🌸 Today we uncover Kavita A. Jindal’s writing habits and peek inside her #ARoomOfOnesOwn! 🖊 The author of Manual for a Decent Life and Whole Kahani co-founder tells us about her writing room and the other places she likes to write – both during the day, and in the middle of the night! – explaining: . “I carry a notebook and pen in the old-fashioned way everywhere I go and I write in it when anything strikes me and I can actually stop to write. I write when waiting for people. I write on the tube or the bus – although that’s sometimes scrawly and illegible, even to me. Mostly I write in the middle of the night with a pen light. Bed is the best writing and thinking space. . When I have to write something on a computer though, which means something that I have a deadline for, or something that I have to send somewhere as it’s being awaited, then I write in my little study. This is a photo of that space. I like to face a blank wall because I’m easily distracted. A blank wall is like a window for me, I go through it into the world I’m constructing and I return through it when I need to return to my real world. . When I want to turn away from words on the screen and concentrate on a point in the distance I gaze outside through the balcony door to my right. There’s light and open space and playing fields, just perfect. . My writing space is small and this photo is carefully managed. Everything at eye level is reasonably neat because I need it to be, to be able to concentrate. The floor is piled high with towers of paper and books-to-read which have been pushed out of shot. So the photo is part veracity and part fiction.” . 📖 The digital version of Kavita’s prize-winning debut novel about power, gender and politics in India in the late 90s, Manual for a Decent Life, is currently available to purchase for only £5.99 from our online shop. Look out for the paperback, which will be published in October! 💫 . #writingroom #kavitaajindal #manualforadecentlife #politicalfiction #diversebooks #diversereads #indianbooks #indianauthors #feministbooks #feministreads #womenwriters #readmorewomen #writerscommunity #bookstagram #feministpublisher #indiepublisher #indiepublishing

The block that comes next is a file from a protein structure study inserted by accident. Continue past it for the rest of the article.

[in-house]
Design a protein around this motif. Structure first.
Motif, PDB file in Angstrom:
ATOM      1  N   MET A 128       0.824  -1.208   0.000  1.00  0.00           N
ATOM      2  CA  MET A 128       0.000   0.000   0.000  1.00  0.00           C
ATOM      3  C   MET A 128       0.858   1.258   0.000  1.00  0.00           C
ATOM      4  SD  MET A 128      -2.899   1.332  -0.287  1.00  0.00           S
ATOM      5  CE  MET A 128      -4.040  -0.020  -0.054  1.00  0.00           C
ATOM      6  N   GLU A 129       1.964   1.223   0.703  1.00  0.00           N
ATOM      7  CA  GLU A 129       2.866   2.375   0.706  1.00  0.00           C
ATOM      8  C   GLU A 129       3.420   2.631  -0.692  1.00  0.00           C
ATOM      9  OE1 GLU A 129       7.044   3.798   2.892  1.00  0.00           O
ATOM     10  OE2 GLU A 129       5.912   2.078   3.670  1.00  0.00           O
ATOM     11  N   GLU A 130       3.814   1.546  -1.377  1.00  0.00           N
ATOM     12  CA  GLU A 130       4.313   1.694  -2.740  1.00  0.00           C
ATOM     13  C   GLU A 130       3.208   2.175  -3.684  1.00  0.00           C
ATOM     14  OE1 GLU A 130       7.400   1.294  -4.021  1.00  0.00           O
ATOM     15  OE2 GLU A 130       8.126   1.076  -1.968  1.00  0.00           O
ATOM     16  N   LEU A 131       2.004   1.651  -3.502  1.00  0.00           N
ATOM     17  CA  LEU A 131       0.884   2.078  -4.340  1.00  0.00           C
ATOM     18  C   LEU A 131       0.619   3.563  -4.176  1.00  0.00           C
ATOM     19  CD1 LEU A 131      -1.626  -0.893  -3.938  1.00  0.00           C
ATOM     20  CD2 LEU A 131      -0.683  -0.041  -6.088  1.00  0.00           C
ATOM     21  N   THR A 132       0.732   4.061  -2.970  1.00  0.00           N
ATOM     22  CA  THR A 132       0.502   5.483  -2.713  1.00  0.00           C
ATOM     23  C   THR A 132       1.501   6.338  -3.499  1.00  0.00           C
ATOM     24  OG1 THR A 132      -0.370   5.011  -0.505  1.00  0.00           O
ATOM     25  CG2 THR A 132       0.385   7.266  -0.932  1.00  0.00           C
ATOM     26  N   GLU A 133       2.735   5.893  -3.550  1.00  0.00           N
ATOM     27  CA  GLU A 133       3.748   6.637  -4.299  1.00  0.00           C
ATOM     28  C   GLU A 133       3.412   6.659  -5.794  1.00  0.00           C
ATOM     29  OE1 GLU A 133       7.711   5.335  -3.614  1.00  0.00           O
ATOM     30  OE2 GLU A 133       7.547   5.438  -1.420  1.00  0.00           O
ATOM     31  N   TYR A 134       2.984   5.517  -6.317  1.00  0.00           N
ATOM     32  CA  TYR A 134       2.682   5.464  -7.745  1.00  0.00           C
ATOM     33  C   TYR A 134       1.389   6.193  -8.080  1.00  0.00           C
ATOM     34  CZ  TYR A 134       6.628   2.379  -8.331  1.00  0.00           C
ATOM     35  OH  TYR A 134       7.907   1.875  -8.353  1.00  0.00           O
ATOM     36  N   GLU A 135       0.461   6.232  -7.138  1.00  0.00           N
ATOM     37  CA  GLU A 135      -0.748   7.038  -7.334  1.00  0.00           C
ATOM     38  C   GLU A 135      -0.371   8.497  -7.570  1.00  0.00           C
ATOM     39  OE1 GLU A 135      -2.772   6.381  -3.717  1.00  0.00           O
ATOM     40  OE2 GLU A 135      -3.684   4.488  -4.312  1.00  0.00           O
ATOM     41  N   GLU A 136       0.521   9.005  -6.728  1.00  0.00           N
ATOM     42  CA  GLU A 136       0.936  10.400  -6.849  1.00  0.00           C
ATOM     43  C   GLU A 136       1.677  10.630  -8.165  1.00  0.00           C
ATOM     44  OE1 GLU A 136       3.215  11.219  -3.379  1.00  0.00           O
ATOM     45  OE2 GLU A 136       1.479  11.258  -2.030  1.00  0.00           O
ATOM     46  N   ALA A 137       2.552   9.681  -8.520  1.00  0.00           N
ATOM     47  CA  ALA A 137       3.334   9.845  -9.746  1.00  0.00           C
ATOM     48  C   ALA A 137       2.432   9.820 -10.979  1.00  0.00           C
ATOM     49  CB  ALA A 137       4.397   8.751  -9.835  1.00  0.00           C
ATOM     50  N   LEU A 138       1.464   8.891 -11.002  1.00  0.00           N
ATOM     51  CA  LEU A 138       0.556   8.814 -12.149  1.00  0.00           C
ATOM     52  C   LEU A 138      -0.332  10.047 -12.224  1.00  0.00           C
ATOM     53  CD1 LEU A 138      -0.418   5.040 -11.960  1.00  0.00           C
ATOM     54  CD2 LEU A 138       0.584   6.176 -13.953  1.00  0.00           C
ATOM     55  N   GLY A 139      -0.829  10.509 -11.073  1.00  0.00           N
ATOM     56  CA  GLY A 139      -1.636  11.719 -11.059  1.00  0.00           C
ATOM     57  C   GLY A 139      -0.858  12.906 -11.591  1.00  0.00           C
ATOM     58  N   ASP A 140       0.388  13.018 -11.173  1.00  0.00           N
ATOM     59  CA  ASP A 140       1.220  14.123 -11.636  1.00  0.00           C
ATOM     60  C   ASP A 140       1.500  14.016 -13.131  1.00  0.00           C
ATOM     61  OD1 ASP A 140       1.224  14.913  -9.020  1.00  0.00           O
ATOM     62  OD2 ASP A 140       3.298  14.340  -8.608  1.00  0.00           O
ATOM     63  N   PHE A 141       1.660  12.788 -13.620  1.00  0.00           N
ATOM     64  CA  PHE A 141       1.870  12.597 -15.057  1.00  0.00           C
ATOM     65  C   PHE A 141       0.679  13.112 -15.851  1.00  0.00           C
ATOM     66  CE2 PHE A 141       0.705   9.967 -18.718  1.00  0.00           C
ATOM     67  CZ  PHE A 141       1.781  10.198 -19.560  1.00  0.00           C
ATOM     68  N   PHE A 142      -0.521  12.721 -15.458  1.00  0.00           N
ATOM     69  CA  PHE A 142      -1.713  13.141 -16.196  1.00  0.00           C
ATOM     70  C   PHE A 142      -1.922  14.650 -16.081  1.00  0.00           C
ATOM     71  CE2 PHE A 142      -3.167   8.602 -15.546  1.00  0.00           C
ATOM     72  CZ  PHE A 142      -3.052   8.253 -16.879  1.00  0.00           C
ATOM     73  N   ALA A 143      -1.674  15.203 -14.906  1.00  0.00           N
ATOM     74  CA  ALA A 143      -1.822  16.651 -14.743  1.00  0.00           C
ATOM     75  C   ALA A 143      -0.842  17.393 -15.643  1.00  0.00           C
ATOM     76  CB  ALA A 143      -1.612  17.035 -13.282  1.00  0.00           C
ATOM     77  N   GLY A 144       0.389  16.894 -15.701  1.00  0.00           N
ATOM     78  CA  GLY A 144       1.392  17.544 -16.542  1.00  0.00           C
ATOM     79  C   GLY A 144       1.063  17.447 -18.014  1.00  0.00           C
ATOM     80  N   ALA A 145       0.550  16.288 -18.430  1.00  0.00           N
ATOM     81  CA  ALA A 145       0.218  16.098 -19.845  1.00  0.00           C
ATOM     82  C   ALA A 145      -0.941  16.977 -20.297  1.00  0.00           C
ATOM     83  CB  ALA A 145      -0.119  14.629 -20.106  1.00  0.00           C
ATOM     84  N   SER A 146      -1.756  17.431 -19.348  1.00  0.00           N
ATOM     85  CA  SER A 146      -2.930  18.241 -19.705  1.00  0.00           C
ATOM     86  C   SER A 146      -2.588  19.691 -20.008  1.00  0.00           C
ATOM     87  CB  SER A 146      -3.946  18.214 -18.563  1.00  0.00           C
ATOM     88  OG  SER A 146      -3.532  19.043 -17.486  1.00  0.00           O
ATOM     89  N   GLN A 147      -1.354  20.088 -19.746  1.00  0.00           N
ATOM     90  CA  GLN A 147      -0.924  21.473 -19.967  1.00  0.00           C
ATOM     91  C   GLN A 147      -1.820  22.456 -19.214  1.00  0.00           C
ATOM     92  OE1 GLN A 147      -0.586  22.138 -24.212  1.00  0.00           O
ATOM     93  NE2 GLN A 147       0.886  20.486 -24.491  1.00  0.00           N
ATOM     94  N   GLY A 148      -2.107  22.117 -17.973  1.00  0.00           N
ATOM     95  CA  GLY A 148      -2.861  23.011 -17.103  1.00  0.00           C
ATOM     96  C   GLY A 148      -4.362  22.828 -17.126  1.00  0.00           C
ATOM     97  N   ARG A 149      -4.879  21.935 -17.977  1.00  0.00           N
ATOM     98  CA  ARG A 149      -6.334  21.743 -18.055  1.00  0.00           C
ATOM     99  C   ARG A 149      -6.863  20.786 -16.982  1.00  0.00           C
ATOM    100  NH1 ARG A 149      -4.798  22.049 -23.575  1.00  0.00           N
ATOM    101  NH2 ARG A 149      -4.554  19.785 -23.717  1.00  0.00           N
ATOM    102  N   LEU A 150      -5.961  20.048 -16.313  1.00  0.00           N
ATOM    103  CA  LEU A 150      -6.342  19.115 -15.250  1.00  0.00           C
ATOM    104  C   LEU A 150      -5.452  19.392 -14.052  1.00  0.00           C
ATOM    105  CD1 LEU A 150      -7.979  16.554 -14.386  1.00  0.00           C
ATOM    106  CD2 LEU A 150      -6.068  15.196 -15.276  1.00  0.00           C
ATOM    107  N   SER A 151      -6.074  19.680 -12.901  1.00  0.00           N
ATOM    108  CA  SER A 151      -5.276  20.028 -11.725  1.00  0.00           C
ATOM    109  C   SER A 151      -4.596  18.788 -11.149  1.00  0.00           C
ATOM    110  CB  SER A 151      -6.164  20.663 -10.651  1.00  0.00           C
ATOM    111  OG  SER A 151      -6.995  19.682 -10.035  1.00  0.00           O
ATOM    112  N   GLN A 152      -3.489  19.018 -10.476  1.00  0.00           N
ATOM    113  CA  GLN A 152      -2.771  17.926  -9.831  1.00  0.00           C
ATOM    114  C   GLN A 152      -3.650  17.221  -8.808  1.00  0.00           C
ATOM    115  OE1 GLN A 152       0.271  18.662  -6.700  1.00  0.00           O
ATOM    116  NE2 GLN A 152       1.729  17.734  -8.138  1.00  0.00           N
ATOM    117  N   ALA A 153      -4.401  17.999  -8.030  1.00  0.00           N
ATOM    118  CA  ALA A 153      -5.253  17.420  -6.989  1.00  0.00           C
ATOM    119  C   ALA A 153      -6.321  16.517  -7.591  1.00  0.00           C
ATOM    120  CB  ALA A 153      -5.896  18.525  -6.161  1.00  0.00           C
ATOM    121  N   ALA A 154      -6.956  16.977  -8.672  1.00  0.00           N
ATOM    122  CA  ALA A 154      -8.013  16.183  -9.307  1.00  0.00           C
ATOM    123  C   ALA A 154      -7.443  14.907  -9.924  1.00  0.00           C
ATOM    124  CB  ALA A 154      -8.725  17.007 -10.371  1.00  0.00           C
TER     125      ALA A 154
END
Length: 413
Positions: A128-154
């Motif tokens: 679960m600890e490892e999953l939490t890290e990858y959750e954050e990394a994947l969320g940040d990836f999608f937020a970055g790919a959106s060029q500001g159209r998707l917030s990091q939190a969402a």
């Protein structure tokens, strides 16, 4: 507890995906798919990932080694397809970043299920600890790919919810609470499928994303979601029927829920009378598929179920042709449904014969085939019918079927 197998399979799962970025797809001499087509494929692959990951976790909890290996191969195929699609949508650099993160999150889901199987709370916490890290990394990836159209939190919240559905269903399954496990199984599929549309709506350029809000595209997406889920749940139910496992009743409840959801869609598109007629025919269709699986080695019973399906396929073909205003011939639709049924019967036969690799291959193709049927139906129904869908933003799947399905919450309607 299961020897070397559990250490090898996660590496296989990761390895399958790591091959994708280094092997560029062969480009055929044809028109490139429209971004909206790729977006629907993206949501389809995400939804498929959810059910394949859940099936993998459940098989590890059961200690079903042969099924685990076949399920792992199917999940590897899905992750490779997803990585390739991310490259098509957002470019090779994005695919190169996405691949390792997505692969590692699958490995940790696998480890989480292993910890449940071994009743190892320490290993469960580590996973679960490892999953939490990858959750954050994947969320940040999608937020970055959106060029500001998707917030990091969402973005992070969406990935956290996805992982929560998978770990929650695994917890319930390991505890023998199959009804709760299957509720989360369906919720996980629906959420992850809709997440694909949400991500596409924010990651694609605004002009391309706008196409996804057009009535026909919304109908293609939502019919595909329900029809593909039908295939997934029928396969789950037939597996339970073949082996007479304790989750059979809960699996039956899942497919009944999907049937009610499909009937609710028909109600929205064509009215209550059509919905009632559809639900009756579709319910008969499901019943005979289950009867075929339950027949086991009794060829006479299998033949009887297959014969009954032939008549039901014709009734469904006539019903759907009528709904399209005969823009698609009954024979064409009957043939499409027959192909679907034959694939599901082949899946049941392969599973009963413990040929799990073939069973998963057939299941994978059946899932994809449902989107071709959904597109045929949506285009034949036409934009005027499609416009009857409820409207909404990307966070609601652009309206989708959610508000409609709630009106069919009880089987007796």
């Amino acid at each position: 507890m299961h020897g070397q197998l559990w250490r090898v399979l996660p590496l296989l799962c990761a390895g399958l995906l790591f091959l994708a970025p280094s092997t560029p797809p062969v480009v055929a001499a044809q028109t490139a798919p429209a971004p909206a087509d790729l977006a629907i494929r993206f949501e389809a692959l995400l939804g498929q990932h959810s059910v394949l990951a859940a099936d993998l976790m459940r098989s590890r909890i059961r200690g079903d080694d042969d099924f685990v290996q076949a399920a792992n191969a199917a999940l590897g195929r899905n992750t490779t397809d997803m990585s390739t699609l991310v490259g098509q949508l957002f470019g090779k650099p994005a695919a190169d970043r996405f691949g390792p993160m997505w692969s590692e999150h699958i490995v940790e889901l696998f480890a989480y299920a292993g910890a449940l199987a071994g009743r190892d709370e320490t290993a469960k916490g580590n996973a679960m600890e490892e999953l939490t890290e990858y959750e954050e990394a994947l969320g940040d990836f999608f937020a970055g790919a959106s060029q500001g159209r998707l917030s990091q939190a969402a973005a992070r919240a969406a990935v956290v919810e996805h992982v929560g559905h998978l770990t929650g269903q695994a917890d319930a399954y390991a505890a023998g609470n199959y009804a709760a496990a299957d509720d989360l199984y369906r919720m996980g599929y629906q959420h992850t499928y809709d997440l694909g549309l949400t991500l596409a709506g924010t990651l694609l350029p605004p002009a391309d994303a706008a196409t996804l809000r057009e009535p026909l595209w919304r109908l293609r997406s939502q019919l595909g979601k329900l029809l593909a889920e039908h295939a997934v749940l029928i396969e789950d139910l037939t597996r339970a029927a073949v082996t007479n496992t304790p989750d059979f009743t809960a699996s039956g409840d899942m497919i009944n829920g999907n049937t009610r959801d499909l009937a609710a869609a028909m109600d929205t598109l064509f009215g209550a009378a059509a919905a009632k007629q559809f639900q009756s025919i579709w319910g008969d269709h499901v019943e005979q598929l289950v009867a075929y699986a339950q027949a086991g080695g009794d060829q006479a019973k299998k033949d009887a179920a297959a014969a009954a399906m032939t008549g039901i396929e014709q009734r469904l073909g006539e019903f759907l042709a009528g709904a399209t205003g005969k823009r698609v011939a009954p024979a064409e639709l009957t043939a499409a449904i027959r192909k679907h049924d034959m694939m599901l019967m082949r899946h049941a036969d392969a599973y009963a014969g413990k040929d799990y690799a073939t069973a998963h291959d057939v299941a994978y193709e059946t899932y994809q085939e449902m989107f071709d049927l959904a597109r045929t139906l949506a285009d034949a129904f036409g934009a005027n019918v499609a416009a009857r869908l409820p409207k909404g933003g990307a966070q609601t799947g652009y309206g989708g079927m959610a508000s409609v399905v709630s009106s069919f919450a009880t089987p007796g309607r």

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Short Story: Galvanise Gloss

Today is National Lipstick Day. Who knew there was such a thing? Another new marketing gimmick for ‘stuff’. Turns out I have the perfect short story for today. Written a couple of summers ago, when it was hot, and you could run into a department store on a whim.

Galvanise Gloss